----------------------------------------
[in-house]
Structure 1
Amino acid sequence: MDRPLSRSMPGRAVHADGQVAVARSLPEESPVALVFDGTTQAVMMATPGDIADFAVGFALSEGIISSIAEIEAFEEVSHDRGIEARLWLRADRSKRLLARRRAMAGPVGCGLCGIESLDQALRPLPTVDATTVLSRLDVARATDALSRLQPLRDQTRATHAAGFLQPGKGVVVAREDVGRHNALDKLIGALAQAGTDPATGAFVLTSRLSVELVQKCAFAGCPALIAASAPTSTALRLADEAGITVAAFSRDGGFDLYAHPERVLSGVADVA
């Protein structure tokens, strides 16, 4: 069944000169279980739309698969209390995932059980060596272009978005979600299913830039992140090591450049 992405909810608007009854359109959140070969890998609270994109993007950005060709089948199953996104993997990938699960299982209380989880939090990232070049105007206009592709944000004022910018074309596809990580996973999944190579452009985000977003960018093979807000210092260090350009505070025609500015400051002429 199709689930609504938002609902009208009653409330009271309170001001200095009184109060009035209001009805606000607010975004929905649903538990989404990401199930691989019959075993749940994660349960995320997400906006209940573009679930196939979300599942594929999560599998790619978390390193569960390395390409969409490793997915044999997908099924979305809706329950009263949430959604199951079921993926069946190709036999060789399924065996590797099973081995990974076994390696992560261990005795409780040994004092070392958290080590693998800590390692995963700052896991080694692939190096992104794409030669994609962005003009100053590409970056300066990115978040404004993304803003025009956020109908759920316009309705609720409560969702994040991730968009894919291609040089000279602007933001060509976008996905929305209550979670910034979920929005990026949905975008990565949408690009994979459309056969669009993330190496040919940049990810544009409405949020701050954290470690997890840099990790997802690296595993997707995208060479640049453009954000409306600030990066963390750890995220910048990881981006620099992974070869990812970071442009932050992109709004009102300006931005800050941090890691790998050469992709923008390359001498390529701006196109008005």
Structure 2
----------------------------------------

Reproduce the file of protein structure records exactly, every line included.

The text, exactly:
[in-house]
Structure 1
Amino acid sequence: MDRPLSRSMPGRAVHADGQVAVARSLPEESPVALVFDGTTQAVMMATPGDIADFAVGFALSEGIISSIAEIEAFEEVSHDRGIEARLWLRADRSKRLLARRRAMAGPVGCGLCGIESLDQALRPLPTVDATTVLSRLDVARATDALSRLQPLRDQTRATHAAGFLQPGKGVVVAREDVGRHNALDKLIGALAQAGTDPATGAFVLTSRLSVELVQKCAFAGCPALIAASAPTSTALRLADEAGITVAAFSRDGGFDLYAHPERVLSGVADVA
């Protein structure tokens, strides 16, 4: 069944000169279980739309698969209390995932059980060596272009978005979600299913830039992140090591450049 992405909810608007009854359109959140070969890998609270994109993007950005060709089948199953996104993997990938699960299982209380989880939090990232070049105007206009592709944000004022910018074309596809990580996973999944190579452009985000977003960018093979807000210092260090350009505070025609500015400051002429 199709689930609504938002609902009208009653409330009271309170001001200095009184109060009035209001009805606000607010975004929905649903538990989404990401199930691989019959075993749940994660349960995320997400906006209940573009679930196939979300599942594929999560599998790619978390390193569960390395390409969409490793997915044999997908099924979305809706329950009263949430959604199951079921993926069946190709036999060789399924065996590797099973081995990974076994390696992560261990005795409780040994004092070392958290080590693998800590390692995963700052896991080694692939190096992104794409030669994609962005003009100053590409970056300066990115978040404004993304803003025009956020109908759920316009309705609720409560969702994040991730968009894919291609040089000279602007933001060509976008996905929305209550979670910034979920929005990026949905975008990565949408690009994979459309056969669009993330190496040919940049990810544009409405949020701050954290470690997890840099990790997802690296595993997707995208060479640049453009954000409306600030990066963390750890995220910048990881981006620099992974070869990812970071442009932050992109709004009102300006931005800050941090890691790998050469992709923008390359001498390529701006196109008005």
Structure 2